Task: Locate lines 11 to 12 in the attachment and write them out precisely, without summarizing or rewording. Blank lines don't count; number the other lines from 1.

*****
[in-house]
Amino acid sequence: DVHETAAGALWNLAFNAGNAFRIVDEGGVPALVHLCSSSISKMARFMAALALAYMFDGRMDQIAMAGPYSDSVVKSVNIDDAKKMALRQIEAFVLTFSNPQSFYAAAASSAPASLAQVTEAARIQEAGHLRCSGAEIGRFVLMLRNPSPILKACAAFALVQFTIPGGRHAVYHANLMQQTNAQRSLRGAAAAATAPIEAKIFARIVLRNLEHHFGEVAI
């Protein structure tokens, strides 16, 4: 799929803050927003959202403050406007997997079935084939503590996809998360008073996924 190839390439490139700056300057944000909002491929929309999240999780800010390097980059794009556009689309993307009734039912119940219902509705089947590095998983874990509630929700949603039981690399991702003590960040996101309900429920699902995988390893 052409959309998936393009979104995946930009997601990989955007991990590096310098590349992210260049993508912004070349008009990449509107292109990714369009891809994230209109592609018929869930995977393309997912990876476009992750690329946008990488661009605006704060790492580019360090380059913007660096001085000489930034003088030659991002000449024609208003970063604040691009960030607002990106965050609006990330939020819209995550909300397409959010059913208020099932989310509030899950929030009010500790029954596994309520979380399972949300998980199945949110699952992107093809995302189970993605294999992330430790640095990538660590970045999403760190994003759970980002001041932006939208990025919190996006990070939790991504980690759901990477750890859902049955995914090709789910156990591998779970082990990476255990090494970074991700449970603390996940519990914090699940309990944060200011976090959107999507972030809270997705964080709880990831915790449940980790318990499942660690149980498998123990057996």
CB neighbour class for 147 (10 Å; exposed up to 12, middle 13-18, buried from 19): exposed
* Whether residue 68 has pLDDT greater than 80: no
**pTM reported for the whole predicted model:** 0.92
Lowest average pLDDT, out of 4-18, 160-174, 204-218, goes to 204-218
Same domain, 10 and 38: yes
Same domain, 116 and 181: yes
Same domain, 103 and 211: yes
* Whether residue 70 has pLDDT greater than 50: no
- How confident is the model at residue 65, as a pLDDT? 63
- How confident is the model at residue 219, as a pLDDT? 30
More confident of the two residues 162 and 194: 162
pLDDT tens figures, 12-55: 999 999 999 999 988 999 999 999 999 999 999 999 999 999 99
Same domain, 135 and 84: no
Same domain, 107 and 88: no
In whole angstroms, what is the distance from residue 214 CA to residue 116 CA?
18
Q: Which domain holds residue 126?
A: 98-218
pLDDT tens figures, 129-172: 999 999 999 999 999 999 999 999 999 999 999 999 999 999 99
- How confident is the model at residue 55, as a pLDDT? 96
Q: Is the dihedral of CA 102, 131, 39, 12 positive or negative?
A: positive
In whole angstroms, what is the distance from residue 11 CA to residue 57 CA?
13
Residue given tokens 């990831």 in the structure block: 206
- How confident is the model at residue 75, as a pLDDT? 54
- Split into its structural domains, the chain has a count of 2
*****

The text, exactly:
* Whether residue 70 has pLDDT greater than 50: no
- How confident is the model at residue 65, as a pLDDT? 63